Last October, a novel came into my hands that reaffirmed what I already knew: that answers can change to questions asked again. Again as in some months, even years on, from when the subject was first broached. If you ask again and again and the answer's always the same then you know not to ask again don't you, but if you just accept the first given answer and let the matter drop, then surely as the asker you're doing the answerer a disservice, unless your position as the asker too has somewhat changed. Your feelings are no longer the same or your situation has altered and therefore whatever it was you were originally offering is not available, not on those same terms, which means if you asked again the question put would be different and the answer just as uncertain.
Answerers, if the question's unexpected, can be too hasty in their response, give their initial reaction to a proposal when it might not be what they actually meant, as by doing so they lessen the time they might spend deciding with their stomach a-flutter, their mind in knots, as well as the time the asker is kept waiting.
Whereas no response is either a open door or a door the asker will choose to close because it's unfair. Their life in limbo, always hopeful that one day their appeal will be accepted, until the day they become aware of their own stagnancy and realise they've been taken advantage of, forever kept in reserve.
Some answerers, however, do give the question the time it deserves. They might pause whilst delivering their response, have a affectation that buys them thirty seconds such as removing spectacles, if they have them, and cleaning the lenses, or pinching the bridge of their nose as if a headache beckons, which in turn enables their brain to formulate a reply which would be right at the time of asking. But that's not to say that the answer given would be the same if the same question was asked in an altogether different moment.
Then, there's how it's asked – with what words and in what tone, which should be considered if the question is being asked again and if you believe the answerer, if it's the same answerer, remembers the situation in which the original was proposed. Though if it has been forgotten, then it could work in the asker's favour, but it's dangerous to assume that's the case because in such circumstances the answerer may recall yet imply, for their own purposes, otherwise.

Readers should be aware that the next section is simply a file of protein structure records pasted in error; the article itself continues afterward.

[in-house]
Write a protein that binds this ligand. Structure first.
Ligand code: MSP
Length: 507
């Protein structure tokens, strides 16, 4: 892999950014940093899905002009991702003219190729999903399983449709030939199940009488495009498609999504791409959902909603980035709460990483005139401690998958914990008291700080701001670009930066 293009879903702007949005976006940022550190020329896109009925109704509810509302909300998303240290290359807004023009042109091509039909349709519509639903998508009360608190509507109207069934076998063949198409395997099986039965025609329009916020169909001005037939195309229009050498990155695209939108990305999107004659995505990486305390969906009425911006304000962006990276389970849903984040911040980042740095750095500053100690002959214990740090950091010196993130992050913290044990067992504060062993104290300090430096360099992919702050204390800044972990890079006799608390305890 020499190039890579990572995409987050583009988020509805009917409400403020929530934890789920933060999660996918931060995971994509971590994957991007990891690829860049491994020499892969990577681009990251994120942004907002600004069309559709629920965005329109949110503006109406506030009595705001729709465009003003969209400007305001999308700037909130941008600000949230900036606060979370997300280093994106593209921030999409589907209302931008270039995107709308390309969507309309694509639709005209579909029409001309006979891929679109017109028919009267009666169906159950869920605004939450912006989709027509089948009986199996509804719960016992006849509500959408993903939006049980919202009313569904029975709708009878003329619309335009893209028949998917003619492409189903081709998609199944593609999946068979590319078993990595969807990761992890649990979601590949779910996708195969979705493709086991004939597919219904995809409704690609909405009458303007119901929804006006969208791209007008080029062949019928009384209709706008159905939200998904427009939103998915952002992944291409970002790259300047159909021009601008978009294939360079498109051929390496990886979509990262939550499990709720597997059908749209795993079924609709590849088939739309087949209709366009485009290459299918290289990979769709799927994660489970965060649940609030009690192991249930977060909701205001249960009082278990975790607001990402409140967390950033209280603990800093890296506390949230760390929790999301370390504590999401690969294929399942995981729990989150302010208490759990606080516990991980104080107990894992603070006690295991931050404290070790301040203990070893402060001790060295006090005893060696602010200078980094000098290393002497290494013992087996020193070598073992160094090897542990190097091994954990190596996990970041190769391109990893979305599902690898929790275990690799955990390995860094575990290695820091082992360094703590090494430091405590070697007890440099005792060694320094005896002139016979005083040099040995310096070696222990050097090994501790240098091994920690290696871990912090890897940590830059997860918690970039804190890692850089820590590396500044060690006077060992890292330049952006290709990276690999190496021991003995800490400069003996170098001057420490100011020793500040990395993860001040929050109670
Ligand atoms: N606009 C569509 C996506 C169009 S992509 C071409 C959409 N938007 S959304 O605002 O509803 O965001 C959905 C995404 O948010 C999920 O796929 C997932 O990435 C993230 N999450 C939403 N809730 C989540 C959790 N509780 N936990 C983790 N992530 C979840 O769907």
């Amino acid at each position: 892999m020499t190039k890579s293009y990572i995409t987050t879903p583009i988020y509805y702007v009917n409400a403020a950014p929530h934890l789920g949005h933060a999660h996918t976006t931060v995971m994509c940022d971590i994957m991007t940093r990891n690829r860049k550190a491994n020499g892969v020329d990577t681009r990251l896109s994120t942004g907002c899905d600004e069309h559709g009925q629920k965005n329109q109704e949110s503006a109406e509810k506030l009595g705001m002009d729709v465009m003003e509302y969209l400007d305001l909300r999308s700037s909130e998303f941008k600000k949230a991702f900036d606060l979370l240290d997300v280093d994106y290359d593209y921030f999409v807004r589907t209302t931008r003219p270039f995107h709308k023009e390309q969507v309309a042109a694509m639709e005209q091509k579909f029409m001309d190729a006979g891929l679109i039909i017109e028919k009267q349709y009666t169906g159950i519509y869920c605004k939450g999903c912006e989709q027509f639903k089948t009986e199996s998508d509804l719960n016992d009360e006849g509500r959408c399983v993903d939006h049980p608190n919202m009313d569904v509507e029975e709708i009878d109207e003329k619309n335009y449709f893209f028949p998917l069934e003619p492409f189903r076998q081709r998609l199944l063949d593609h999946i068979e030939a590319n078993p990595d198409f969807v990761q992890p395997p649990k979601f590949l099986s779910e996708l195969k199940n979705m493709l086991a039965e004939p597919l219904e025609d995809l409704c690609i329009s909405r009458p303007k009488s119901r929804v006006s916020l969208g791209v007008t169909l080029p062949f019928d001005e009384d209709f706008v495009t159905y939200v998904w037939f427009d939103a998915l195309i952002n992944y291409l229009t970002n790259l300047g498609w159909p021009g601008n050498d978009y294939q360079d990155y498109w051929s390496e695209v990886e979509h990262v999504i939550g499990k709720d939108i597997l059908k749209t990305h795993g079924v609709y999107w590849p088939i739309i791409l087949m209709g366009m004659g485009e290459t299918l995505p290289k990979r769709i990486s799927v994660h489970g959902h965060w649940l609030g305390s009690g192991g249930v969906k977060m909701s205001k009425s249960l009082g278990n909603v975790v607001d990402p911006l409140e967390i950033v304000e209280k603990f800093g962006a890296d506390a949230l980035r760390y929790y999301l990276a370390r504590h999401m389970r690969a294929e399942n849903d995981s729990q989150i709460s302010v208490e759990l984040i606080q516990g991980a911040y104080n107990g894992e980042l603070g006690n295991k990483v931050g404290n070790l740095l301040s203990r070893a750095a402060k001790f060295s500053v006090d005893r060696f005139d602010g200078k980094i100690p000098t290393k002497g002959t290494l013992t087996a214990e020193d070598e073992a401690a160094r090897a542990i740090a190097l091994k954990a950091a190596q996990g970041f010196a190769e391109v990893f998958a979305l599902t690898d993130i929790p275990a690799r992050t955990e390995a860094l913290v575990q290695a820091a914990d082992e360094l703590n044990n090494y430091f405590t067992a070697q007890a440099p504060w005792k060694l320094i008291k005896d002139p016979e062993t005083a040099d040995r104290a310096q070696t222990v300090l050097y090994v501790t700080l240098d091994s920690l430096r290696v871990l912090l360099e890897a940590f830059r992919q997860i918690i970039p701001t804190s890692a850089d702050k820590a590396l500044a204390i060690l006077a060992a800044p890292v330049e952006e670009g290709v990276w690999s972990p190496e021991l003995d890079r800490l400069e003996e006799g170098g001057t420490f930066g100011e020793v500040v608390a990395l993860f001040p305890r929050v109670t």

Nothing asked twice or thrice is ever the same, though it can take on a robotic quality as if the asker knows, before it's even been asked, what answer to expect since it's been asked that many times, so that if a different answer happened to be given they might on that one-off occasion miss it.
There are some answerers, however, who refuse to entertain the same question however it's asked, believing that to do so shows a weakness in their character, even if at the repeat performance they felt differently. And there are askers too whom on being rejected once wouldn't dare to enquire again, even if the opportunity was undoubtedly there or their feelings remain unaltered.
Everything has to, in a way, be perfect for it to come together. The question needs to be put favourably to receive a favourable response, and for that the mood needs to be spot-on, and that's not something you can ever, truly, be an accurate judge of. For it's not just the mood of the answerer the asker has to be ascertain along with their own, but also that of the environment where the question will be placed, and will be forever fixed in both their minds if the question popped or answer given is poorly managed in their opinion.
The moment has to be right, for when it's not (for either party) then it either passes with no action taken or someone winds up dejected, which may in future prevent them effectuating the same scenario again or behaving differently. It's always risky even if each are sure of how they'll ask should the chance arise or how they'll respond should they be asked, because anything might occur to throw that pre-thought off course.
People change, as do the answers given.

Picture credit: Cartomancy, 2004, Frances Broomfield